Hajnal Németh’s installation "Crash – Passive Interview" will be on show in the Hungarian Pavilion. The skeleton of the work is an experimental opera that takes place on the stage of life, relating, and reflecting on the stories of car crashes: the critical moment is slowed down by memory and recounted in utmost detail; the drive and the course of events leading up to that moment; as well as the complex relation of man to driving, in view of his inclination to have a car fetish. 

Filling the space is an acoustic experience, and a musical film. The installation is complemented with the librettos of the dialogues, namely the written records of the passive interviews, as well as a wrecked car, totalled in a crash, which occupies the space as an evocative artefact. Beyond how we react to the sights and sounds of a crash, the installation brings up the question of destiny.

"The sight of a totalled car is indeed shocking, as the energy of the crash is imprinted in its creases and distortions. Most of us are probably interested in the underlying story: How did the accident happen and what was the fate of the people inside?"

The 54th International Art Exhibition - La Biennale di Venezia 
The Ukrainian Pavilion 
Venue: CHIESA DI SAN FANTIN, Sestiere San Marco, Venice
Tiara of Ghent Altar, made from 12,800 handpainted wooden eggs. (size 6x6m)
Part of Post-vs-Proto-Renaissance, by Oksana Mas

Artist: Oksana Mas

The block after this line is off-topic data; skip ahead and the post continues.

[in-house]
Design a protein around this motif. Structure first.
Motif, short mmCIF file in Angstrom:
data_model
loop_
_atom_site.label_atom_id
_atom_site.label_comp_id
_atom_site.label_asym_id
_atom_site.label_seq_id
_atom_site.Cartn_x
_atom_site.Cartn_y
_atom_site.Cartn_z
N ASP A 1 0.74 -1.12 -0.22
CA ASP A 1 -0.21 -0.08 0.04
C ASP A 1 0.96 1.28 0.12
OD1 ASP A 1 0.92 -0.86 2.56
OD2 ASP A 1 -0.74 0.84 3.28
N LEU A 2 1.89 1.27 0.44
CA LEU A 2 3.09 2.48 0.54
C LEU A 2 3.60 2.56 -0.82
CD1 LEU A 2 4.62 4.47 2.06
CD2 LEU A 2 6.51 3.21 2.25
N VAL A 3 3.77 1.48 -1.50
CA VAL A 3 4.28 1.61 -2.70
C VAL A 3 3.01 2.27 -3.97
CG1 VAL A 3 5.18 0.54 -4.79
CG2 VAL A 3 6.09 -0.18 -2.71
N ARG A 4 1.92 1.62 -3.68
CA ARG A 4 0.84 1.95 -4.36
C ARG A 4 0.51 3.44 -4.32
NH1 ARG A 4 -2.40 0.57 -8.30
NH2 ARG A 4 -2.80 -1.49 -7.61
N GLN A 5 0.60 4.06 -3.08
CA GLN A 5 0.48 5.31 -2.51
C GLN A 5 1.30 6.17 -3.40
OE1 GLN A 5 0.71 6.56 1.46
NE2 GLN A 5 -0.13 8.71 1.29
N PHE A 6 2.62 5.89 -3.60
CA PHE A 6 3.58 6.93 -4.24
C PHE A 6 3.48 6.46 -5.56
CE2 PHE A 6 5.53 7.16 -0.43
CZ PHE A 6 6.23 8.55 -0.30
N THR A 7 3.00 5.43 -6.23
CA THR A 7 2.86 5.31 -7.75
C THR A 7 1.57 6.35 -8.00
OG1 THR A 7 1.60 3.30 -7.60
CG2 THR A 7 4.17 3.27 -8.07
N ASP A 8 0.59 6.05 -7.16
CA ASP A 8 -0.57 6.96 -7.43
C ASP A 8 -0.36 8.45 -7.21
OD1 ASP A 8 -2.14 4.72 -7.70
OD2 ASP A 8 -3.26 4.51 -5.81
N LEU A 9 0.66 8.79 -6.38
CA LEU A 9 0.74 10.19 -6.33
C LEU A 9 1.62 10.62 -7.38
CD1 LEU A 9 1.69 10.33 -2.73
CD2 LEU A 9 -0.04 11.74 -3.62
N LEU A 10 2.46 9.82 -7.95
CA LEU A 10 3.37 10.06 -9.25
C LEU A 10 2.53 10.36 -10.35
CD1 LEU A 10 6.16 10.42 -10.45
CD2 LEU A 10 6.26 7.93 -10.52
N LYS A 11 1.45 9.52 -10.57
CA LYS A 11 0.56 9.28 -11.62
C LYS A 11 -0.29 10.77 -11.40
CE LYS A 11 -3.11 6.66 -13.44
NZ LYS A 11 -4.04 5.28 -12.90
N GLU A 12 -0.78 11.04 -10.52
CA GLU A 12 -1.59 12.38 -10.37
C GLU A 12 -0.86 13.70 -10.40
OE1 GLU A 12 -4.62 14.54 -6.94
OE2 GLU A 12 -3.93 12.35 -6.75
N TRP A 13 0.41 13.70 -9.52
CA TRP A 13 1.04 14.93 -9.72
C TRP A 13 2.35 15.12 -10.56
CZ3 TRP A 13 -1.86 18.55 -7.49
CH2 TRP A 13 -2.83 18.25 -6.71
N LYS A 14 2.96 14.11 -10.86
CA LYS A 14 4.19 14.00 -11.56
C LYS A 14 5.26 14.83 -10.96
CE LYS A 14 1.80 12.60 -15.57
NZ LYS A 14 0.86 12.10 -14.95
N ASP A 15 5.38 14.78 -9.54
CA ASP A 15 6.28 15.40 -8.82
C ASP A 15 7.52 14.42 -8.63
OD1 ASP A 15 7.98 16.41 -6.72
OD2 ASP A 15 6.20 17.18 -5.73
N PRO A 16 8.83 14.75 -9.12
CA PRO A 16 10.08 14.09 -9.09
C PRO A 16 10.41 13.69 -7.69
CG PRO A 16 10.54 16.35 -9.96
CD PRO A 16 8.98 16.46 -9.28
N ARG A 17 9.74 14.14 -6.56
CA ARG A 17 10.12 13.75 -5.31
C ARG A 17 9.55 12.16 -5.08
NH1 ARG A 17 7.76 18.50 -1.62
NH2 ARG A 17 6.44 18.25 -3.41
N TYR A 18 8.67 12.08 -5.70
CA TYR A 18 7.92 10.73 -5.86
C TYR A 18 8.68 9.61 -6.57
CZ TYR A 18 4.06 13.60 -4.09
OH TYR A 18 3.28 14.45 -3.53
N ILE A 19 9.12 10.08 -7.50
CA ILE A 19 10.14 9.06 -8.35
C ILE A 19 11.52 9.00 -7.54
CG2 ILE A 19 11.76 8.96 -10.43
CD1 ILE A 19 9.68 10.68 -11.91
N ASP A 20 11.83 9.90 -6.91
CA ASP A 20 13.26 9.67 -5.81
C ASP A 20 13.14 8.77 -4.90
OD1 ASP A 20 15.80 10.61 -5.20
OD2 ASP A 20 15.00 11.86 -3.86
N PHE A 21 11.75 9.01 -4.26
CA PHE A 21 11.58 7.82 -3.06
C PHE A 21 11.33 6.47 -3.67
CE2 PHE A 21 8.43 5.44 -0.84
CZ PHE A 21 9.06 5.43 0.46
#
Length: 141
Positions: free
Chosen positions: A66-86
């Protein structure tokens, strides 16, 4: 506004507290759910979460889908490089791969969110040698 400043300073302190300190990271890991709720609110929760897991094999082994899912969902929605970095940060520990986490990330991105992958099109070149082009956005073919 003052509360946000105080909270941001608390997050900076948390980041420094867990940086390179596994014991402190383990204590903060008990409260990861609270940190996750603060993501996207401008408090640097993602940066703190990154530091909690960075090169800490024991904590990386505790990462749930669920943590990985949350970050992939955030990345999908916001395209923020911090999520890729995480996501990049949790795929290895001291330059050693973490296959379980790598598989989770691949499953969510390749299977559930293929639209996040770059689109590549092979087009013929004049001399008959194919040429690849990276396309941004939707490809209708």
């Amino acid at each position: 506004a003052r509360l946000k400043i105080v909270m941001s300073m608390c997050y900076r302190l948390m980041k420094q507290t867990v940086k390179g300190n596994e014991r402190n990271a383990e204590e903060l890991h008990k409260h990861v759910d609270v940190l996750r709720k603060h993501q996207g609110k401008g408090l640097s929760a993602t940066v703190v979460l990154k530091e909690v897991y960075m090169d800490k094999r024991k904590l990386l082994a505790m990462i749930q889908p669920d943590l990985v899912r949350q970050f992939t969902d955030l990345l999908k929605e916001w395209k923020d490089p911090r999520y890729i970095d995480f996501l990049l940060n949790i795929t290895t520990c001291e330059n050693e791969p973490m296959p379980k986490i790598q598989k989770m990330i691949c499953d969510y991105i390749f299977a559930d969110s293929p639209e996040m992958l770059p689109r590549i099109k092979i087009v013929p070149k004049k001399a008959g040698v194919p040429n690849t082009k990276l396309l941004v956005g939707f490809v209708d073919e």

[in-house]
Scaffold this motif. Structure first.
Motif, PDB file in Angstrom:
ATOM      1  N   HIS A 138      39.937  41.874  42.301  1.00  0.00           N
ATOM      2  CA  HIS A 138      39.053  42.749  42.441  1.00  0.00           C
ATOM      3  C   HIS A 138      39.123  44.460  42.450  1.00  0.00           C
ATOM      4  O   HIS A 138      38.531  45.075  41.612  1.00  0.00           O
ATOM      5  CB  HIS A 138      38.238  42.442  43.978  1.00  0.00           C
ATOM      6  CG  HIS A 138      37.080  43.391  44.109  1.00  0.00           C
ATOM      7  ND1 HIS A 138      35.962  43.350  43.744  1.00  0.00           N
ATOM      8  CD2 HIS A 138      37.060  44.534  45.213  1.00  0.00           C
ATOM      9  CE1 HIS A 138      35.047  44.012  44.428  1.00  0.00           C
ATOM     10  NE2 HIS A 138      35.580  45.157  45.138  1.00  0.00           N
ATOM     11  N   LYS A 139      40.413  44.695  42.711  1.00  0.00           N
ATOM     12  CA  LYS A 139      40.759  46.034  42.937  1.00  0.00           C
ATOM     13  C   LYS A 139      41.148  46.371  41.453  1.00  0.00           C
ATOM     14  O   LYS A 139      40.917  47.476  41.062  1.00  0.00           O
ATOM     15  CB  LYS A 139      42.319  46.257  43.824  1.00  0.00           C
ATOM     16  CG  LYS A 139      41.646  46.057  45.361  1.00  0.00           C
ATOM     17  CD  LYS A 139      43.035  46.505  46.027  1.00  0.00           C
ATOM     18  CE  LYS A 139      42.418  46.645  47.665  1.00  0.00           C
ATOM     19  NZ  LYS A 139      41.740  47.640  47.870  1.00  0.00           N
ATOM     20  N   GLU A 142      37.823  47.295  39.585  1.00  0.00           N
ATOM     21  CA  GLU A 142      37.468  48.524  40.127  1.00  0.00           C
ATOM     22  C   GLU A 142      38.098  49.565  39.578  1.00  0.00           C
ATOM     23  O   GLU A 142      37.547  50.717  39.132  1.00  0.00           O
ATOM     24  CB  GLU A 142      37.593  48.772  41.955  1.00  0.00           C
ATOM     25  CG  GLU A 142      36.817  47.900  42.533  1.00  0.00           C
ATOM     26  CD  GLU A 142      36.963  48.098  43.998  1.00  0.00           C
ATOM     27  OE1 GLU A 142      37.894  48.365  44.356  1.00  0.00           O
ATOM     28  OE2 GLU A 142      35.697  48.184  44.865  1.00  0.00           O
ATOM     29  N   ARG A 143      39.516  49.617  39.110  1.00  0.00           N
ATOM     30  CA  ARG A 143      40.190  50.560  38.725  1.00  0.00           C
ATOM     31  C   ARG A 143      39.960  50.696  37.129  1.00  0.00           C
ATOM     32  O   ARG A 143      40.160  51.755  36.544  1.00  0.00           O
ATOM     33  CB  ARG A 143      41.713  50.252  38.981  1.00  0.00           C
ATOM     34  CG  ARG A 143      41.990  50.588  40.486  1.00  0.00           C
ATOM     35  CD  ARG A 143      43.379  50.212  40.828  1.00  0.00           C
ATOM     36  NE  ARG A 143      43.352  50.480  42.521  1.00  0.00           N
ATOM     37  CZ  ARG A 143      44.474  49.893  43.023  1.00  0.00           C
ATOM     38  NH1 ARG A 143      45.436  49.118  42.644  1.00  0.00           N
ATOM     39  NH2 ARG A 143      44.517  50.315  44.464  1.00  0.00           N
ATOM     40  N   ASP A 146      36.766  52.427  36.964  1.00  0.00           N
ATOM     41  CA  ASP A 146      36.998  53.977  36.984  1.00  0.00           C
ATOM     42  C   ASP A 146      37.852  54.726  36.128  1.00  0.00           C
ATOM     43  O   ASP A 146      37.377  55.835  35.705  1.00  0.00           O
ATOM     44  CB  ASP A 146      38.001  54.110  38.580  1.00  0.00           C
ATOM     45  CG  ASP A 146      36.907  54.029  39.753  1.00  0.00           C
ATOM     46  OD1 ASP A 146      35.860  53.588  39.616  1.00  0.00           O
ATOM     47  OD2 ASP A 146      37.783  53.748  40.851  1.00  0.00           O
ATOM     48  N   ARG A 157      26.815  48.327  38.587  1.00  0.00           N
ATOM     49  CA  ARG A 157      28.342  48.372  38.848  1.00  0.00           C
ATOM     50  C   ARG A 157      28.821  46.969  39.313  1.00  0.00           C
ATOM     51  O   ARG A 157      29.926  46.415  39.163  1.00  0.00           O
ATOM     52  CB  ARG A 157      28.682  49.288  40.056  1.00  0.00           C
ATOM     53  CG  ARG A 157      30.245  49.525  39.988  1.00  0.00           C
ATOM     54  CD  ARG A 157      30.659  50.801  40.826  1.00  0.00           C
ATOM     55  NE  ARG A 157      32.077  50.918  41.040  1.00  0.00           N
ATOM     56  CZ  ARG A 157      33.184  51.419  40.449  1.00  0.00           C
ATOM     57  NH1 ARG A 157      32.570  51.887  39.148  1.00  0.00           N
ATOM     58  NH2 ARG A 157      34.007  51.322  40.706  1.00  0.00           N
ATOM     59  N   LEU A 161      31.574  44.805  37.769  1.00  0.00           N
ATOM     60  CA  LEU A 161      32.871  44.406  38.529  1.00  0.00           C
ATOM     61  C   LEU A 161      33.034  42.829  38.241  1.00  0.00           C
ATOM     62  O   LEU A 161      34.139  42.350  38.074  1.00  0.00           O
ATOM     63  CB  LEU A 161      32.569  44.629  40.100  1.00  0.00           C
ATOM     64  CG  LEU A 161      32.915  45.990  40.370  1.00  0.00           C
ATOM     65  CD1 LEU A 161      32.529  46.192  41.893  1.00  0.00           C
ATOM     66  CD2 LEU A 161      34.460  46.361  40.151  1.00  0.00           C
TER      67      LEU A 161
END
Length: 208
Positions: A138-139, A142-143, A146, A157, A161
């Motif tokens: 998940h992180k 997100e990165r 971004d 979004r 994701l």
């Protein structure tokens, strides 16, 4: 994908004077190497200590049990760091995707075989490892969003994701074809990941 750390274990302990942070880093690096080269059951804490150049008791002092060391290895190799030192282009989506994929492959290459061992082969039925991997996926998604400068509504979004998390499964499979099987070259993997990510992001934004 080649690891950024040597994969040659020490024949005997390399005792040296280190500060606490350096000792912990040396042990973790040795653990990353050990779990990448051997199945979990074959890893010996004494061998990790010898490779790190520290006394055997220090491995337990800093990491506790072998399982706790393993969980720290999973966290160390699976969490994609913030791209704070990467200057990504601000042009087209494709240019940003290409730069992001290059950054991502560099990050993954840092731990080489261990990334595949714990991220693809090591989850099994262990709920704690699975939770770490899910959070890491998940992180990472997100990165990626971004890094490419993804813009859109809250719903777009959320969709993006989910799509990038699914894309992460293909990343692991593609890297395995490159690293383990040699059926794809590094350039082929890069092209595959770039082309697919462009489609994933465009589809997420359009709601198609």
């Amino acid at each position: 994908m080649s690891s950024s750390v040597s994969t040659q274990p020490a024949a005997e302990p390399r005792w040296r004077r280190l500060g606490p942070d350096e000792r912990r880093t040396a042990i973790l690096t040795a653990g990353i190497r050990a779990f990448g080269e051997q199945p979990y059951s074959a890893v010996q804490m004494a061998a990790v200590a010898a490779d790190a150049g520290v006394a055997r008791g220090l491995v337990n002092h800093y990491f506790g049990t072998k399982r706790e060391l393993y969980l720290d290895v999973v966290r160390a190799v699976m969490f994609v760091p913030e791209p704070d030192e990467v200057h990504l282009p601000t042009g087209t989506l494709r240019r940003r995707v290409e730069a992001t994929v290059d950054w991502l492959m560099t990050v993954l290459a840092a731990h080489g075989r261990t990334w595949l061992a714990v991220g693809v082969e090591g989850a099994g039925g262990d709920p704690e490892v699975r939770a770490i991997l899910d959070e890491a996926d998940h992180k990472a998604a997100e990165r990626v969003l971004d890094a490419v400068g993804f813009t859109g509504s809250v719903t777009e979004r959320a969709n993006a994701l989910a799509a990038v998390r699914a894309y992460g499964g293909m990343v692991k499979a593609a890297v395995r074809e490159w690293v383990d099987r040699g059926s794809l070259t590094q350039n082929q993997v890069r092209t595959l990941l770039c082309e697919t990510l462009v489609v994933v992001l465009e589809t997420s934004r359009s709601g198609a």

Project: Post-vs-Proto-Renaissance
Art is an attempt to mend a bereavement, the loss of completeness in this fragmented world. In this regard, creation is a healing process where the artist show us evidence of a new found hope. The sphere, in the history of art, creates a circular motion, it makes our eyes flow and brings shapes together. Ever since the Middle Ages, the sphere has helped to combine reason with instinct, rationality with spirituality and for several years now, Oksana Mas has been working to reclaiming the sphere. She sees it as a geometric shape holding within itself, a principle of universal oneness. The artist began this thought process through the Ukrainian folk custom of decorated eggs covered in traditional Ukrainian designs to celebrate Easter. She decided to give blank spherical wooden eggs to inmates in women’s penitentiaries, intellectuals and people working in various fields from forty-two different countries, asking them to paint them.